Then there’s the pressure to have ‘perfect’ experiences in our free time – from securing tickets to the must-see play or planning a mini-break to make our Instagram followers drool. ‘My husband and I had an amazing holiday to Costa Rica in March,’ says Natasha. ‘But when we came back, I spoke to someone who’d just been to Vietnam and started thinking we should have gone there instead.’

By constantly striving to experience and be the best, experts say we’re squeezing the joy from our lives. ‘It’s hard to be in the here and now when you’re a perfectionist,’ says Dr Whalley. ‘They are often people pleasers who feel responsible for everyone else having fun at a party.’ It can have an impact on your health, too: constantly striving for perfection can lead to anxiety and depression – with early signs including trouble sleeping, difficulty concentrating, anger issues, problems in relationships and an inability to enjoy things you used to love.

At work, perfectionists often sell themselves short by procrastinating. ‘The idea of doing something that’s not perfect provokes anxiety, so they put things off,’ says Whalley. ‘They either want to do it perfectly or not at all.’

This fear of failure can stop them fulfilling their potential says Simpkins. ‘There’s a mentality of, “If I can’t win, I’m not going to play,”’ she explains. ‘But failure is a natural part of life.’ The need to be perfect holds many women back at work, too. ‘They don’t go for promotions because they don’t think they’ll do a good enough job and don’t want that anxiety,’ she says.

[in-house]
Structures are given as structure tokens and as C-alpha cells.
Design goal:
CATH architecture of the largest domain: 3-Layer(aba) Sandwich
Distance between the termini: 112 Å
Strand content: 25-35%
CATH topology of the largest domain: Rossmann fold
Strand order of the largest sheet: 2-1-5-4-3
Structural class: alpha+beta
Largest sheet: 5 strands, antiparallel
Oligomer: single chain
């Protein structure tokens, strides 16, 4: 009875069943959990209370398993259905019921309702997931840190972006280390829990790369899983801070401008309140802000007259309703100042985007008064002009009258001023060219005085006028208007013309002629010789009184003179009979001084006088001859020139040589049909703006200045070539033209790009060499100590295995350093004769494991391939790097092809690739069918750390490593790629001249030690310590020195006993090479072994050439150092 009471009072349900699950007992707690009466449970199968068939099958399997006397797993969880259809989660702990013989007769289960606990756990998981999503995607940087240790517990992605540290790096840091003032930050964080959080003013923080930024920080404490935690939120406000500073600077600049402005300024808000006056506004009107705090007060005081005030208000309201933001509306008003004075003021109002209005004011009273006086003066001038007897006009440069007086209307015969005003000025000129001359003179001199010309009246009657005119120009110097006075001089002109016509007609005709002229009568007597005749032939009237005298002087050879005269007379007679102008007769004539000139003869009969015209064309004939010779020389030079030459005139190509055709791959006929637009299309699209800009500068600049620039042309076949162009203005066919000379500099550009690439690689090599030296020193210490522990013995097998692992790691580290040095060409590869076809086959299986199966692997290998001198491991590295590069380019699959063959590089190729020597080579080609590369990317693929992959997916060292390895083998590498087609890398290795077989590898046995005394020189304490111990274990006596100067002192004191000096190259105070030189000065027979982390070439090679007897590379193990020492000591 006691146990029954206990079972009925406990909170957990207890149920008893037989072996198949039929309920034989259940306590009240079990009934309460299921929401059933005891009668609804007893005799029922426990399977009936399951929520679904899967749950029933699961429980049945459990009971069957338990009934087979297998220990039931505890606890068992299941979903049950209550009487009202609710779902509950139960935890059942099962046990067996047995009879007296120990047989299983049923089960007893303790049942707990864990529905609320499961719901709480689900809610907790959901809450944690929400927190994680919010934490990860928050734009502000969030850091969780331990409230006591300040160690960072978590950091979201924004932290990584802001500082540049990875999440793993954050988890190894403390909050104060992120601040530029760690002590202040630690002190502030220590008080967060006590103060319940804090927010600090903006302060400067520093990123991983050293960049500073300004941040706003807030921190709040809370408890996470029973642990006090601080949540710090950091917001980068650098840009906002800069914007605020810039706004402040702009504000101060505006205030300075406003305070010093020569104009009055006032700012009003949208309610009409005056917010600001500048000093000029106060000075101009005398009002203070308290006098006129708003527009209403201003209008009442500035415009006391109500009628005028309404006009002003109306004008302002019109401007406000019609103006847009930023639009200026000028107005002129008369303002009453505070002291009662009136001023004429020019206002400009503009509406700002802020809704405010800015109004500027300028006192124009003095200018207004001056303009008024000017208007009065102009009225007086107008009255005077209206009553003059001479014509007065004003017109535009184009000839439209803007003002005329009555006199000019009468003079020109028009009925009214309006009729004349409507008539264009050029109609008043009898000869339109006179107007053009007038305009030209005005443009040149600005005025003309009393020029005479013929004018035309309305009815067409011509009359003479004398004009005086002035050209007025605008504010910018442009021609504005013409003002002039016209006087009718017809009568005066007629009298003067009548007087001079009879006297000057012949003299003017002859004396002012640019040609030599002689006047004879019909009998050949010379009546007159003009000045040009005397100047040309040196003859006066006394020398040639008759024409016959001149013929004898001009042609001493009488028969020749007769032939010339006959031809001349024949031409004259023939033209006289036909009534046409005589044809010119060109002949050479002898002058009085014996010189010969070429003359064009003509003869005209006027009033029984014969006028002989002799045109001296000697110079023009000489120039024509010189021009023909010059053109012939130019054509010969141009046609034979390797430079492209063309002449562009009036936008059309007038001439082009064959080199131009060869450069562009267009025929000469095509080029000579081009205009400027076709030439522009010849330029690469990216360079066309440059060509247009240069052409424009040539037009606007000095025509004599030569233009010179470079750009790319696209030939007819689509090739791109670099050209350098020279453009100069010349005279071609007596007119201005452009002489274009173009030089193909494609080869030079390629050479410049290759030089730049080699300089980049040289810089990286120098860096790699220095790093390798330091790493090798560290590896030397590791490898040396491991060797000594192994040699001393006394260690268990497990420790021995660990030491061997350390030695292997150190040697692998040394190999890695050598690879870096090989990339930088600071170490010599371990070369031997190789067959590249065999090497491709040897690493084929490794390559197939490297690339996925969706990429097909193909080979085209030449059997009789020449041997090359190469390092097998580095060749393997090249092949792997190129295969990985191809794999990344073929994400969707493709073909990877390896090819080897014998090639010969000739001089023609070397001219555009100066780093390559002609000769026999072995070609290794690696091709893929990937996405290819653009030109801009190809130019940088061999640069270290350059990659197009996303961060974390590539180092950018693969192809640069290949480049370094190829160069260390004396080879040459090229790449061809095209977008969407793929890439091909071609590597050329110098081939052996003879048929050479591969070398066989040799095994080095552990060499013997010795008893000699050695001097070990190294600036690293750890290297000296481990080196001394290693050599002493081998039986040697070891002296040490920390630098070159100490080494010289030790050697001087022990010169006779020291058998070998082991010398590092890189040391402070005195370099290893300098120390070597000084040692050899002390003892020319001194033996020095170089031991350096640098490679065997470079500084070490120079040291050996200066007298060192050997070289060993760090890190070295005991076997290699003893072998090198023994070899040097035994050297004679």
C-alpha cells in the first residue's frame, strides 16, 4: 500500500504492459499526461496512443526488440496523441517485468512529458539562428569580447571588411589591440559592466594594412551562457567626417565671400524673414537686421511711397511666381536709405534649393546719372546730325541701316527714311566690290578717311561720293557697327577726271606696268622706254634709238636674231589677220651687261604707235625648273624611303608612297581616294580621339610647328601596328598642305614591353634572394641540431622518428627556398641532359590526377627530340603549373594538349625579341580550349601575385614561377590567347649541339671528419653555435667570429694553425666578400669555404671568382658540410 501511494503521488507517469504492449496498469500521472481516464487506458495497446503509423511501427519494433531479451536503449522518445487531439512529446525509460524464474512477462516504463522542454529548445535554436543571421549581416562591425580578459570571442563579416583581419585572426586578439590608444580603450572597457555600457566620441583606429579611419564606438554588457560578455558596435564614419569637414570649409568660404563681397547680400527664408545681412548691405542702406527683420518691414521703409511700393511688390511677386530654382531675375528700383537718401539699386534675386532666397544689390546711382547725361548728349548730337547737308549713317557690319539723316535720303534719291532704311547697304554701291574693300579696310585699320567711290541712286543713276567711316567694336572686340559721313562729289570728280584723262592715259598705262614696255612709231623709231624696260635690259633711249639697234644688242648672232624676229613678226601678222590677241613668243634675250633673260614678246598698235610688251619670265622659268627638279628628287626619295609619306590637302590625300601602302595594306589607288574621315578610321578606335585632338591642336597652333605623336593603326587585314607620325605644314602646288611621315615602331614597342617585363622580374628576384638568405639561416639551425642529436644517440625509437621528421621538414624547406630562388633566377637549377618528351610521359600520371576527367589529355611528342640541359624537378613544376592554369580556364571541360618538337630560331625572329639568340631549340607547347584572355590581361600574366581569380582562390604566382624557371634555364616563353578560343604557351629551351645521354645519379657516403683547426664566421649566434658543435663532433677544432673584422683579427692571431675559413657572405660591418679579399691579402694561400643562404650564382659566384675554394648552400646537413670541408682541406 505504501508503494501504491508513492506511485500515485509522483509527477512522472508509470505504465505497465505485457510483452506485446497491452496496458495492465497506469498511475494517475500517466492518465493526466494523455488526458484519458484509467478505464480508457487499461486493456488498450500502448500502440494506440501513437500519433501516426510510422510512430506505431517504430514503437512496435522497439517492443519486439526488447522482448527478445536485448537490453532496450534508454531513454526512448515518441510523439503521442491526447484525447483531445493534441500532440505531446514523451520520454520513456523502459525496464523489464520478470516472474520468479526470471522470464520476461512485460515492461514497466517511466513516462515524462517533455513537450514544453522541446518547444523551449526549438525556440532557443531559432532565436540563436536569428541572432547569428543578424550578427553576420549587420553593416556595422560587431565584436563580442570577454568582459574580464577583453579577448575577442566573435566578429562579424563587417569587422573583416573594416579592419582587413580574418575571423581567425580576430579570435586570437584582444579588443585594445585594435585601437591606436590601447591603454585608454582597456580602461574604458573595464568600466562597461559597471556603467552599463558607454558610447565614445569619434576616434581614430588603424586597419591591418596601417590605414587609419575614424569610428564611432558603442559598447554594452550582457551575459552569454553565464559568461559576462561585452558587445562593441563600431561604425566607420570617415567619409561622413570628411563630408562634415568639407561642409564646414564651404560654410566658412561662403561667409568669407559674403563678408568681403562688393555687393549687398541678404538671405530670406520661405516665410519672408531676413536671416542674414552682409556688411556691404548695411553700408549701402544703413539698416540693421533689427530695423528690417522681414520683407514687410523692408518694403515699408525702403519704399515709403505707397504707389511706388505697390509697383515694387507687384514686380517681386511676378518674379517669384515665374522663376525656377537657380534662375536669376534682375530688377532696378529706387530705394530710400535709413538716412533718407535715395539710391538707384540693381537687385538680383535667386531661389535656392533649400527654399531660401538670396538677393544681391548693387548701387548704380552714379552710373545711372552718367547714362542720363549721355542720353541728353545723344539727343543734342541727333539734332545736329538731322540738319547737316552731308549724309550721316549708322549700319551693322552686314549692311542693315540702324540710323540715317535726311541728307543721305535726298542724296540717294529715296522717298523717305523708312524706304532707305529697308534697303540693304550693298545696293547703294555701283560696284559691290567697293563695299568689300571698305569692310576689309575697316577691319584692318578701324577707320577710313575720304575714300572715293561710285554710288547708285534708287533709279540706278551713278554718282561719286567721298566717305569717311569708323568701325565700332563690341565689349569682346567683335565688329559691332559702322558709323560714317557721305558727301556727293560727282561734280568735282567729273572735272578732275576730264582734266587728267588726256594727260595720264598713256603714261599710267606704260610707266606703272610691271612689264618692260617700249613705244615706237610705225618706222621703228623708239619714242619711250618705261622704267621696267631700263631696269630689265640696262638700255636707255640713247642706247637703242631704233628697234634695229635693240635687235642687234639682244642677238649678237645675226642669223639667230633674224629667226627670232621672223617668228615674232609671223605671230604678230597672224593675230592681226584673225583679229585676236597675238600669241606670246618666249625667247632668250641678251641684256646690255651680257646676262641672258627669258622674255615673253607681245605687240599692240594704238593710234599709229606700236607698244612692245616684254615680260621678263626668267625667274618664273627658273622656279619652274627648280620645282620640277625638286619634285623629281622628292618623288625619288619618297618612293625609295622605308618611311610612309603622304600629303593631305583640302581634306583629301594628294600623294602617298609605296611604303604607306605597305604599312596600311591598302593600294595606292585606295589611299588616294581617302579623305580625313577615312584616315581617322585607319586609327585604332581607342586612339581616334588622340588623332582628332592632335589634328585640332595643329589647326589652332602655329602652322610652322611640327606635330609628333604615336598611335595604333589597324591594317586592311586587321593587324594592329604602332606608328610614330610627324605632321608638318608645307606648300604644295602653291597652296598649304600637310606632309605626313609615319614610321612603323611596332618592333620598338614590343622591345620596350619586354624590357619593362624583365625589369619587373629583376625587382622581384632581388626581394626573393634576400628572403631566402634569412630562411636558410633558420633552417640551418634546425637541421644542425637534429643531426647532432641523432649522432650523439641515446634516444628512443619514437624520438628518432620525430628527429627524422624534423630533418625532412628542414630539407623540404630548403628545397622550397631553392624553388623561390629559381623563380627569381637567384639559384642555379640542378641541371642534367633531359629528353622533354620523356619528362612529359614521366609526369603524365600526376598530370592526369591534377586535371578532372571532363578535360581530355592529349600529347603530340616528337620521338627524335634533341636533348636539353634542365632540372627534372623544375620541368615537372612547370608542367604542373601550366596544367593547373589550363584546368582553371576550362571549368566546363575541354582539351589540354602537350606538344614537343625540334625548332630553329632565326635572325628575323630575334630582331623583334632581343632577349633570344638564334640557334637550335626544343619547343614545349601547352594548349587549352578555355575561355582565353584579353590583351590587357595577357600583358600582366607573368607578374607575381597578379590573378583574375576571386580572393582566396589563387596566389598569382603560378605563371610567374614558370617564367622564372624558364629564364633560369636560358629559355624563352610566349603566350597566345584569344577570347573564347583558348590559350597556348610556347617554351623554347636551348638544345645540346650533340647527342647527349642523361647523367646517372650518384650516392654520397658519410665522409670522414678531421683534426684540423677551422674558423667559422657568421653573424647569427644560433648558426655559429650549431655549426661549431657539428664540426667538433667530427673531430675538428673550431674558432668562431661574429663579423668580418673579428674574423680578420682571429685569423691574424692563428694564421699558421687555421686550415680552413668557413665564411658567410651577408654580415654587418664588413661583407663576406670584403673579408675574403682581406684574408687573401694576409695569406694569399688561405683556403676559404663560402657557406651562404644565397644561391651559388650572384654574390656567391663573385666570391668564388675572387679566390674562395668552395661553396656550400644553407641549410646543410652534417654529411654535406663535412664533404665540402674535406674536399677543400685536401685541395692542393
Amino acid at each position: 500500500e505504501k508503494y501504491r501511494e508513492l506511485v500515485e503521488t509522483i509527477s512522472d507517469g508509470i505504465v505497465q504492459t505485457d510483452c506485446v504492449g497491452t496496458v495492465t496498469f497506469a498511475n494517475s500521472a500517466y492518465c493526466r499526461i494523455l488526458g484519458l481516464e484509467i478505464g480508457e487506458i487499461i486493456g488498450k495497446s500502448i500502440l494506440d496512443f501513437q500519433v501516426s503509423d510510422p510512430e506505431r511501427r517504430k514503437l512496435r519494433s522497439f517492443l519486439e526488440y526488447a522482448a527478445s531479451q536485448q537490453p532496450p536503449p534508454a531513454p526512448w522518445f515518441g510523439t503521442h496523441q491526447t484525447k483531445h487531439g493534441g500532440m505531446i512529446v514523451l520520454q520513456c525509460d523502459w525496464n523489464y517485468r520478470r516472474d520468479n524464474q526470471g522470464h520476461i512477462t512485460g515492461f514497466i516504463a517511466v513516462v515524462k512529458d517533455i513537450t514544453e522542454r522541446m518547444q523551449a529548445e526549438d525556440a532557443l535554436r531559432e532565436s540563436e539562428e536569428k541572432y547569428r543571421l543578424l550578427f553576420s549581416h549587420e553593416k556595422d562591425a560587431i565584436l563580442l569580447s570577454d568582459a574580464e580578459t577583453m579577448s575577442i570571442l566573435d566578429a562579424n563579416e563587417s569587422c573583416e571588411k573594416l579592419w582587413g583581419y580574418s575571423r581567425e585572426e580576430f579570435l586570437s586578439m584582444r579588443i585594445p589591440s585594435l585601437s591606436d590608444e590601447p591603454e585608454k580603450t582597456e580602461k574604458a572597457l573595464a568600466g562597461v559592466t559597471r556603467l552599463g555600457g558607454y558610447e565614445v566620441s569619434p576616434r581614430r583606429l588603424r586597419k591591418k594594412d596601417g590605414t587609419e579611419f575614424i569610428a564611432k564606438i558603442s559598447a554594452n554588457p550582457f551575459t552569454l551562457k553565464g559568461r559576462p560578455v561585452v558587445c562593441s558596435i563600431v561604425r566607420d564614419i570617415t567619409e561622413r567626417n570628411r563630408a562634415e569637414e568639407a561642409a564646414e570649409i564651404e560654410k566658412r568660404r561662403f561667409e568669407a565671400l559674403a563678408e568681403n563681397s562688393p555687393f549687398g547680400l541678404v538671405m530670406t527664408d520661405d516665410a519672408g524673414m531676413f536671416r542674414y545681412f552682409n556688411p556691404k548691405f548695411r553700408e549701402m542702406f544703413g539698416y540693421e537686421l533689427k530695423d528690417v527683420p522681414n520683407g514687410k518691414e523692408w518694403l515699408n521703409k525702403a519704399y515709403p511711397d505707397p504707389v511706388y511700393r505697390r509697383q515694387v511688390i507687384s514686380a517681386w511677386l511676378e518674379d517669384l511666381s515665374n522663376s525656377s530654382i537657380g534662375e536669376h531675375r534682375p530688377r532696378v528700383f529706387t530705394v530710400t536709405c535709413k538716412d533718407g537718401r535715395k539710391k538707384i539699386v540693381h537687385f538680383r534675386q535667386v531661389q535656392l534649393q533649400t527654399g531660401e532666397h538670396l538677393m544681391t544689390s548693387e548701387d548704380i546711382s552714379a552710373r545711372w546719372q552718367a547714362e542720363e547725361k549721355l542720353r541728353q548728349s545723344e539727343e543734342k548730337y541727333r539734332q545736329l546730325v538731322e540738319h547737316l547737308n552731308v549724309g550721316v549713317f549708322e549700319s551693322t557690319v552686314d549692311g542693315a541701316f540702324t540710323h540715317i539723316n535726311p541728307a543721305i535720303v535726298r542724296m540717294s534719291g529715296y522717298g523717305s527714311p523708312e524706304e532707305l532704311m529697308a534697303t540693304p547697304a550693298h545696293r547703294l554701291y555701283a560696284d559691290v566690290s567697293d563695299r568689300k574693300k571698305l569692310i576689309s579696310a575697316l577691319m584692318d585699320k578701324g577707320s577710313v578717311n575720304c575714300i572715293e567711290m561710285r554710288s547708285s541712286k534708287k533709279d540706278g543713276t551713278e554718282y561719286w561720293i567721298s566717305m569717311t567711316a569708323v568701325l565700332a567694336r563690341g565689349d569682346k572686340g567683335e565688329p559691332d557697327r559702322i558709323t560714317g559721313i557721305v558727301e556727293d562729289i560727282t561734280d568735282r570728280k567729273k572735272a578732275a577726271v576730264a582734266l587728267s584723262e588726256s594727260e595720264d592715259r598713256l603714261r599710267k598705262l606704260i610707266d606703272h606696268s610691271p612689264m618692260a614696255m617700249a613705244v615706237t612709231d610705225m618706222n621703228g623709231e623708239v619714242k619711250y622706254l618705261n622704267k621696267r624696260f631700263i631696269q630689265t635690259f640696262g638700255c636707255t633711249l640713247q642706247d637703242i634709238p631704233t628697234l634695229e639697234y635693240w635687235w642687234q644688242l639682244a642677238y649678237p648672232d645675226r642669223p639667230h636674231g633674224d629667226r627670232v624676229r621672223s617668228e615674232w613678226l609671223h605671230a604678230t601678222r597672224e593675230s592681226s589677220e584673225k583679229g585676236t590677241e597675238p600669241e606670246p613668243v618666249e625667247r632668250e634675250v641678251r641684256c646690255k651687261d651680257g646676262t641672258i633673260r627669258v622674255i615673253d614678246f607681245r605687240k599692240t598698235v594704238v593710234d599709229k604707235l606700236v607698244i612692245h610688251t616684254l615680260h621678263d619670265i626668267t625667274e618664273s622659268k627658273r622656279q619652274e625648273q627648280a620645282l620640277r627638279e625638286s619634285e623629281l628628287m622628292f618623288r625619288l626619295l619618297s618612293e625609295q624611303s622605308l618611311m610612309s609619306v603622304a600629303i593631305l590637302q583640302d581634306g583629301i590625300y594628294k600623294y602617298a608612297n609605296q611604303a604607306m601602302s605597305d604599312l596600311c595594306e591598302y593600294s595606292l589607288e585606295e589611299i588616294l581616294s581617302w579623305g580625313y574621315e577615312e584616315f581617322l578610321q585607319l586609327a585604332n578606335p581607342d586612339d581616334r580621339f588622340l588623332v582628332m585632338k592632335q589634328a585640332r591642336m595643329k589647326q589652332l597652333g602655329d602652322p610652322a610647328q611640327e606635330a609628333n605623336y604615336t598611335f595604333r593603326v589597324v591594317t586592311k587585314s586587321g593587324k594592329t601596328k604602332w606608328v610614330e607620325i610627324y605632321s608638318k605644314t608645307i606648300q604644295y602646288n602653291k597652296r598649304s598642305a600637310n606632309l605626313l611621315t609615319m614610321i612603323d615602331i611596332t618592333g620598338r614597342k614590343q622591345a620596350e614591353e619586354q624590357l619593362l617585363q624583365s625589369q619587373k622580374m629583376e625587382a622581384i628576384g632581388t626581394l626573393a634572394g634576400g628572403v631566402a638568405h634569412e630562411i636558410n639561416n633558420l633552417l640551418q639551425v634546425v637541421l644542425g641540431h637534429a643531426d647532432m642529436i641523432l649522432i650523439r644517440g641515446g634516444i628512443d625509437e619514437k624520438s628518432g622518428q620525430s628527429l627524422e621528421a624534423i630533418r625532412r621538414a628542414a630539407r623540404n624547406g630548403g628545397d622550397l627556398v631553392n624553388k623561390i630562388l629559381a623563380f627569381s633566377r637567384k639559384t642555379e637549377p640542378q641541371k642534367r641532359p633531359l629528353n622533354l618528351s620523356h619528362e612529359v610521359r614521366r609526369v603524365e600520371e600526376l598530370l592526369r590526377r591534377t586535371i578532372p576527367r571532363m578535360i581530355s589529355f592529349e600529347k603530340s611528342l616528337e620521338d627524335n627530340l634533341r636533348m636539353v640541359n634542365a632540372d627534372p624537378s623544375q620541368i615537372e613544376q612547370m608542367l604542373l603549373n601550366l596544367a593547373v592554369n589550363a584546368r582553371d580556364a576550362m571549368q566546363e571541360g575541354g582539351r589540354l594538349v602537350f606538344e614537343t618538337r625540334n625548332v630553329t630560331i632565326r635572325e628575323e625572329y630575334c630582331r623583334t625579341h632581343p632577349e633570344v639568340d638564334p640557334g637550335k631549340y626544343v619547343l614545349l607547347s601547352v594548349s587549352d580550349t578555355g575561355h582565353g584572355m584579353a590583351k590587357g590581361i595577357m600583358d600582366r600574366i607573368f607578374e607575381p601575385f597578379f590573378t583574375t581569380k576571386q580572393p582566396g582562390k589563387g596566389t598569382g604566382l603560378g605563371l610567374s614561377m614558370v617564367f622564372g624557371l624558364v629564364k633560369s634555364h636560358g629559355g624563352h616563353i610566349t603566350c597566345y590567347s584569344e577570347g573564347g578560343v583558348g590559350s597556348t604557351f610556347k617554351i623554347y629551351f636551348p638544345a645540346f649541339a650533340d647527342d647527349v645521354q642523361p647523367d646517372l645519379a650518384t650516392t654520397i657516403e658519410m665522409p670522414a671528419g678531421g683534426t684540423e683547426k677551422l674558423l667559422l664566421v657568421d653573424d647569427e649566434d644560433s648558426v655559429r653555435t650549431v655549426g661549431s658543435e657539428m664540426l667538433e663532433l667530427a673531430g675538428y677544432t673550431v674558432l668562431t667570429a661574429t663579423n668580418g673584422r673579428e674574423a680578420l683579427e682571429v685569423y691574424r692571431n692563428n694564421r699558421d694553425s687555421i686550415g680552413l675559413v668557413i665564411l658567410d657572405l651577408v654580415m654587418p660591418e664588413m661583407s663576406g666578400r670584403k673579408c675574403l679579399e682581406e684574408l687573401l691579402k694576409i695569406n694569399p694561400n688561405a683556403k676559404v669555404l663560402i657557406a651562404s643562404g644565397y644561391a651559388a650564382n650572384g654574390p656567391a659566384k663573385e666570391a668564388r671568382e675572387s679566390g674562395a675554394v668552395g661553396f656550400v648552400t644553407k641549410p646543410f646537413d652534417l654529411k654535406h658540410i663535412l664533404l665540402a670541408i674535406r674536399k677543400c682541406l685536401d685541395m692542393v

The stifling effect on creativity is an issue some companies are trying to address. Google now has a lab, called Google X, where employees are rewarded for ideas, no matter how bad, to encourage innovation.

The most important thing then, when it comes to striving for perfection, istaking a step back and recognising your obsessions before they go too far.

For many of the clients that Whalley treats for anxiety, perfectionism is a root cause. So he helps them rediscover happiness by encouraging them to address it by setting tasks, like completing a piece of work quickly without checking it over and over. ‘It’s about realising that you can do something that’s just OK,’ he explains, ‘and introducing flexibility into their life.’

For Natasha, it was about breaking the negative pattern. She booked into a holistic yoga retreat in Ibiza called Just Stop! which specialises in helping stressedout people find solutions, and she says it’s transformed her thinking. ‘A lot of it was about challenging the “should” in our sentences,’ she says. Old habits die hard, though. ‘When I was there I said: “I’m going to start doing yoga every day”, and my teacher pointed out I was falling into the same pattern.’ The experience was an important step towards realising that her desire to be perfect was hindering, rather than helping, her happiness. ‘It was beginning to creep into everything,’ she adds. ‘The enjoyment had gone out of a lot of things I used to love doing. You become not a very nice person.’

Recognising this and taking a break from her routine, Natasha’s now realised it’s OK if everything isn’t amazing all the time. ‘I’m learning to relax more – if I don’t have time to make dinner, we can just order a pizza instead. If the bar I choose isn’t great, I can still have a laugh because I’m with my friends. The world isn’t going to end!’